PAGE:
Monthly Archive for May, 2011


A thunderstorm went crunching through this afternoon, the first rain for weeks. It’ll need several such to properly soak the ground but at least I won’t have to water. A farmer was bemoaning to me that this had been the driest spring here since 1949 and his pockets will suffer. And I thought it was quite normal. The weather forecast here is spookily accurate. There’s a button which will tell you the chances of rain during the next hour, and when during that hour. And it’s always spot on. It’s so local that I suspect one of my neighbours must be peering out of his window at the sky to the south, which I can’t really see, and feeding the info into the system.

A panicky jackdaw was skittering round the chateau at top speed this morning with an oriole close on its tail. I have tended to avoid the place this year since I became tired of picking ticks off myself and the dog after a visit but I went over earlier to check on the ripening of the delicious little damsons which abound – just about ready for harvest. I beat a retreat when I noticed a swarm of bees sagging down from the tree in the courtyard. The bees there take no prisoners.

Brendon Chase

Yet another good score for my I-Spy book this morning in the shape of a Purple Emperor butterfly. All such creatures that I have read about and never seen till now are part of what makes this country often feel strangely old-fashioned. The days are always golden, there are no sounds of machinery except the occasional tractor and traffic is rare. The book of my childhood was Brendon Chase. It featured a wild pig and, of course, there are plenty of those about. I think I’ve even seen a Honey Buzzard but, unlike the hero of the book, I have no desire to climb a tree and pinch its eggs.


More oriole flutings from the chateau today and, thank heavens, the bird revealed itself – or rather birds. Two cocks suddenly spiralled into the air above the rooftop in combat and that is worthy of a tick on my list – if I had a list to tick.

For the umpteenth time the sorcière’s grandson has been told to stop building his garage. He tends to wait for about a month, hoping that the maire has forgotten about him and then there’s a lorry delivering a load of sand and he has a busy Saturday before the maire goes to reason with him and everything stops again. It may be that some day he will stop for good and the 7-foot wall of concrete blocks that has been partially completed since I arrived will be removed. But it matters less and less. Before I arrived he had chopped down part of the laurel hedge that screens this house from the road so that he could build his wall, but I have been fertilising and watering the stumps and the hedge is beginning to rise again. By next year’s growing season it should be back to normal and I will not really care what he gets up to.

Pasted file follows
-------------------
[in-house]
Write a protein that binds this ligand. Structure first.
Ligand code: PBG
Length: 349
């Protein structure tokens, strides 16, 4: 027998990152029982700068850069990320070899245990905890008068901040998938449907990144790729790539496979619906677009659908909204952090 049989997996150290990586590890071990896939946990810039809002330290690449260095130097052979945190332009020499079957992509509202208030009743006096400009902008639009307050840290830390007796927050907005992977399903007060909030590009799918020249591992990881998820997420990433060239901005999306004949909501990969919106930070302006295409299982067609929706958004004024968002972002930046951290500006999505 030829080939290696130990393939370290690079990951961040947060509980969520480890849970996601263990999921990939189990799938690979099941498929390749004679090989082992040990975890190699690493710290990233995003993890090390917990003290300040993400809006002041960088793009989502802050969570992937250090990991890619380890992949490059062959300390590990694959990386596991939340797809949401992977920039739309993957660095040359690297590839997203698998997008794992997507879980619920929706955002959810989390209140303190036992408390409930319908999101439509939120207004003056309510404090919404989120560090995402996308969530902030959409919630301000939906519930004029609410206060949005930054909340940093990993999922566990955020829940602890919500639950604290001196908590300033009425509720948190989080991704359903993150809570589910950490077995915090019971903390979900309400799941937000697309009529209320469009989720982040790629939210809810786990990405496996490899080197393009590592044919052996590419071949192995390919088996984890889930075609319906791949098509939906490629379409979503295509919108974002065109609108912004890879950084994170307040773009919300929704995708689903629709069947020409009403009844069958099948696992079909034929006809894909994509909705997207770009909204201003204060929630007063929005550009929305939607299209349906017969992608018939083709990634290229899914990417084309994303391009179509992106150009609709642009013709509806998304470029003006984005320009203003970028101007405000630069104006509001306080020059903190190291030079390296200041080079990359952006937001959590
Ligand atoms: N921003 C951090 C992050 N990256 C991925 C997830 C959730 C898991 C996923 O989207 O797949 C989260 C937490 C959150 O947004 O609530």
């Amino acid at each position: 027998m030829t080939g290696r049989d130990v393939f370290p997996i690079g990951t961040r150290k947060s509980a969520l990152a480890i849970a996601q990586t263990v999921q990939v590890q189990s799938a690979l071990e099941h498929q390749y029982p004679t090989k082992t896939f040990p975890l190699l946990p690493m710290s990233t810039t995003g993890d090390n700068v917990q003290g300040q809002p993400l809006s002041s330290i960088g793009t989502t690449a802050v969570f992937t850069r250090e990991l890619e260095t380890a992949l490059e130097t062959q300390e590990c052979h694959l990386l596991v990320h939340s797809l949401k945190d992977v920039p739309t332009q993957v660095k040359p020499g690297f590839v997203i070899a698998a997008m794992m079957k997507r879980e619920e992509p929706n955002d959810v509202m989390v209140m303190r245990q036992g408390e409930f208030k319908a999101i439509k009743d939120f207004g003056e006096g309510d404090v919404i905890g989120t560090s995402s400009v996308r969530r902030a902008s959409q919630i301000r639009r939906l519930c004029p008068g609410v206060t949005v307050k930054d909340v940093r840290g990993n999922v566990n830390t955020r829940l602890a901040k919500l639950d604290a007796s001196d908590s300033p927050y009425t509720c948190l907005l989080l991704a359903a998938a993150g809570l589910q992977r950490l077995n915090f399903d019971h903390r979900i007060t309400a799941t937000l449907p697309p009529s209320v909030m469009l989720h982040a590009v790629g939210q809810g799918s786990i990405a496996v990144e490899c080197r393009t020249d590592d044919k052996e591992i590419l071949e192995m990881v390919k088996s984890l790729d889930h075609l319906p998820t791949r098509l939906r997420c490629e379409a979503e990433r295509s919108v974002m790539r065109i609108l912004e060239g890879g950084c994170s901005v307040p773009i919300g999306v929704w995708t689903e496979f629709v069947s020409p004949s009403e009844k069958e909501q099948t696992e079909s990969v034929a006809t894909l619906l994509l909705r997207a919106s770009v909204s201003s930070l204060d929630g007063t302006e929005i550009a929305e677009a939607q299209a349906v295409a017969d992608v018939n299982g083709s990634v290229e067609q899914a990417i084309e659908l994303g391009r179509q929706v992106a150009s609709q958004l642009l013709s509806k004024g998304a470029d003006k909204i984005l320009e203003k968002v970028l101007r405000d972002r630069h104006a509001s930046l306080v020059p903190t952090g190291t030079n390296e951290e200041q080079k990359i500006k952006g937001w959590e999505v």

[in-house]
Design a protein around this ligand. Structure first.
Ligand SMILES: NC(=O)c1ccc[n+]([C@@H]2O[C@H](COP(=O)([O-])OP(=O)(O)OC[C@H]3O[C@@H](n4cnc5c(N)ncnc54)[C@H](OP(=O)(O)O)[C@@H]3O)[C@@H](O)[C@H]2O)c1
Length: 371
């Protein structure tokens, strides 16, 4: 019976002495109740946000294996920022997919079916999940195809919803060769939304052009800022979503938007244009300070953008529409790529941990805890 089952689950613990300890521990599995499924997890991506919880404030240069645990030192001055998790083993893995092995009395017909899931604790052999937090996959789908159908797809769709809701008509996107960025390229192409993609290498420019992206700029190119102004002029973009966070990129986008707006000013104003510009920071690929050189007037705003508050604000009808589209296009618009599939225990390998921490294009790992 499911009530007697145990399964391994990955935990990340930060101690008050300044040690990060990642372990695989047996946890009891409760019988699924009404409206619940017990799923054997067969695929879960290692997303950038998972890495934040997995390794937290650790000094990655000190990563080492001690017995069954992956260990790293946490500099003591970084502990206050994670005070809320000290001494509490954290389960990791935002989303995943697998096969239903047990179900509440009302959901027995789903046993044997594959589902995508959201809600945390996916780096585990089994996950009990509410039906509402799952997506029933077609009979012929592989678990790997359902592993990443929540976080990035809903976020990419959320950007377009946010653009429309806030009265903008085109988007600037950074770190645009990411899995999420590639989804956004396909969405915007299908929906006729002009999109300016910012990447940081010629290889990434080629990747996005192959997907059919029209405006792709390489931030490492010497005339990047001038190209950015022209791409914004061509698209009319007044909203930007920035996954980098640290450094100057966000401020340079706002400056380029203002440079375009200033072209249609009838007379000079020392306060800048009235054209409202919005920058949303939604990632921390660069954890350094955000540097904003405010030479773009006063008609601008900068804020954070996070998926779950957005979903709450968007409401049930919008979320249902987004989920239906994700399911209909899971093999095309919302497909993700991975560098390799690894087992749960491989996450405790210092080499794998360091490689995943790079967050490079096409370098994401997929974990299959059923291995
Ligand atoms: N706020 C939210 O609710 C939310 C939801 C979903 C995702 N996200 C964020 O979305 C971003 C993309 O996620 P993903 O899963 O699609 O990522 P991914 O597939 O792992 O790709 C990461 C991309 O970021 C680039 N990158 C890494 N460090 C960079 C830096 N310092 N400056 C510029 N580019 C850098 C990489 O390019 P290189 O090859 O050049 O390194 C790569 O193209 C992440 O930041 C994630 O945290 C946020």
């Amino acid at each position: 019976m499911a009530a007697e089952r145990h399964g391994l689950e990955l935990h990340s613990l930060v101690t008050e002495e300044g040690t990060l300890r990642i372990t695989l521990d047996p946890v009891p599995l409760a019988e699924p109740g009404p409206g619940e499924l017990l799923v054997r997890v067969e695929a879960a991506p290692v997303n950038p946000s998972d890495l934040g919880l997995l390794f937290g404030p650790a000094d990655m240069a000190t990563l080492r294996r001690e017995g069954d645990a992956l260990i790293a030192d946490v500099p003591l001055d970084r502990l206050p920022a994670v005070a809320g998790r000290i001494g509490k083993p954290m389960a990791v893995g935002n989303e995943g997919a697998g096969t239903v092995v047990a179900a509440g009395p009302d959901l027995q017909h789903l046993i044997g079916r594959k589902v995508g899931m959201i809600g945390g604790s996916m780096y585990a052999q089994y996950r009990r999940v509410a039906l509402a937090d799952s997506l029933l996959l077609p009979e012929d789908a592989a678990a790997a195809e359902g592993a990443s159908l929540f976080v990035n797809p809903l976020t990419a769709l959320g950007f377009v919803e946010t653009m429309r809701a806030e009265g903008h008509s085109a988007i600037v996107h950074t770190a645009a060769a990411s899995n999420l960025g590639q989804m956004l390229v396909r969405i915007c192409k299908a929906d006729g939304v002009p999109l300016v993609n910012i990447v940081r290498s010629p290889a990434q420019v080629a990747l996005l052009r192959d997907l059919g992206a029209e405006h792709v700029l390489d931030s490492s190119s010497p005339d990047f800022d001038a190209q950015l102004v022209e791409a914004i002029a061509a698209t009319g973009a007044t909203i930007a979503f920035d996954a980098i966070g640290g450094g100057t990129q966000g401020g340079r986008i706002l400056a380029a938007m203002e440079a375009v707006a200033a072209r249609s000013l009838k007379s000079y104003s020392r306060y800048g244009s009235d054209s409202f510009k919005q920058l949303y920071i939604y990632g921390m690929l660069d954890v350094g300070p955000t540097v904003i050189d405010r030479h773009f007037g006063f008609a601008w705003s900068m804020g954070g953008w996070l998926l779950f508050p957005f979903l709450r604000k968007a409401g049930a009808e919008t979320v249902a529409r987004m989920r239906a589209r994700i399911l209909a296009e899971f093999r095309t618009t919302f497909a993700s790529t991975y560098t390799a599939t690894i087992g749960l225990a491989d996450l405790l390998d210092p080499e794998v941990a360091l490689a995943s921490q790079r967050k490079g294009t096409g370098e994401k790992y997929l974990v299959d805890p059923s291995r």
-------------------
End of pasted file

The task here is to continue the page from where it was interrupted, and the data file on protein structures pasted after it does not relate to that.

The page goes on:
For much of the day an oriole has been calling from the chateau. In fact it still is. The web says that it’s secretive and this I can certainly endorse. I am pretty sure that it’s in a large fig tree but I can’t spot it through my binoculars. It’s remarkable how such a distinctive bird can remain invisible. A couple of magpies were in the same vicinity for some time and they seemed to be having the same problem as me.

So far this month there has been little more than half an inch of rain and the temp has been up to 30 degrees. This is not a lot of rainfall even for here and my few plants even though they’re supposed to drought resistant have been tippling enthusiastically from the hose for some time. This is one of the few places in this part of the country where a hose pipe ban is not already in place and it can’t remain so for much longer. The forecast tends to predict rain a few days ahead but changes its mind as ahead becomes closer. At least the grass has stopped growing.